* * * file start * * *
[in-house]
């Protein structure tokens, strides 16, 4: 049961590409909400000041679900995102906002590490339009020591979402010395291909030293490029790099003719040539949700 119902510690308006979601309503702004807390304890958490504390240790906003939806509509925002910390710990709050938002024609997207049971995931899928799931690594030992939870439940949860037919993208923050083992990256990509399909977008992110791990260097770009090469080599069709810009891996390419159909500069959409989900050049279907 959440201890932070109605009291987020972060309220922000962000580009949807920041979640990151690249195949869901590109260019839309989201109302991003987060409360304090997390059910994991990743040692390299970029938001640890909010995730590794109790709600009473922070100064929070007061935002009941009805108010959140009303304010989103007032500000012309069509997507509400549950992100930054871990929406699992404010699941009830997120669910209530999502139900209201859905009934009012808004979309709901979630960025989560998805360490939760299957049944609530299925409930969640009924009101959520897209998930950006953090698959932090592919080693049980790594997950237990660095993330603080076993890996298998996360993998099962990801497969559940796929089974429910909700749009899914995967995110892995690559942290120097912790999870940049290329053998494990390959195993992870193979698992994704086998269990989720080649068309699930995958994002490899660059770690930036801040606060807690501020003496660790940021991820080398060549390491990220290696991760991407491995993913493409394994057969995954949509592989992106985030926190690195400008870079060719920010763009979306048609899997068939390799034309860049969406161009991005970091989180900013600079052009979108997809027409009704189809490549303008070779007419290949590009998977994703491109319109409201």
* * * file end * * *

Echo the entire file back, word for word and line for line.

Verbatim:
[in-house]
């Protein structure tokens, strides 16, 4: 049961590409909400000041679900995102906002590490339009020591979402010395291909030293490029790099003719040539949700 119902510690308006979601309503702004807390304890958490504390240790906003939806509509925002910390710990709050938002024609997207049971995931899928799931690594030992939870439940949860037919993208923050083992990256990509399909977008992110791990260097770009090469080599069709810009891996390419159909500069959409989900050049279907 959440201890932070109605009291987020972060309220922000962000580009949807920041979640990151690249195949869901590109260019839309989201109302991003987060409360304090997390059910994991990743040692390299970029938001640890909010995730590794109790709600009473922070100064929070007061935002009941009805108010959140009303304010989103007032500000012309069509997507509400549950992100930054871990929406699992404010699941009830997120669910209530999502139900209201859905009934009012808004979309709901979630960025989560998805360490939760299957049944609530299925409930969640009924009101959520897209998930950006953090698959932090592919080693049980790594997950237990660095993330603080076993890996298998996360993998099962990801497969559940796929089974429910909700749009899914995967995110892995690559942290120097912790999870940049290329053998494990390959195993992870193979698992994704086998269990989720080649068309699930995958994002490899660059770690930036801040606060807690501020003496660790940021991820080398060549390491990220290696991760991407491995993913493409394994057969995954949509592989992106985030926190690195400008870079060719920010763009979306048609899997068939390799034309860049969406161009991005970091989180900013600079052009979108997809027409009704189809490549303008070779007419290949590009998977994703491109319109409201």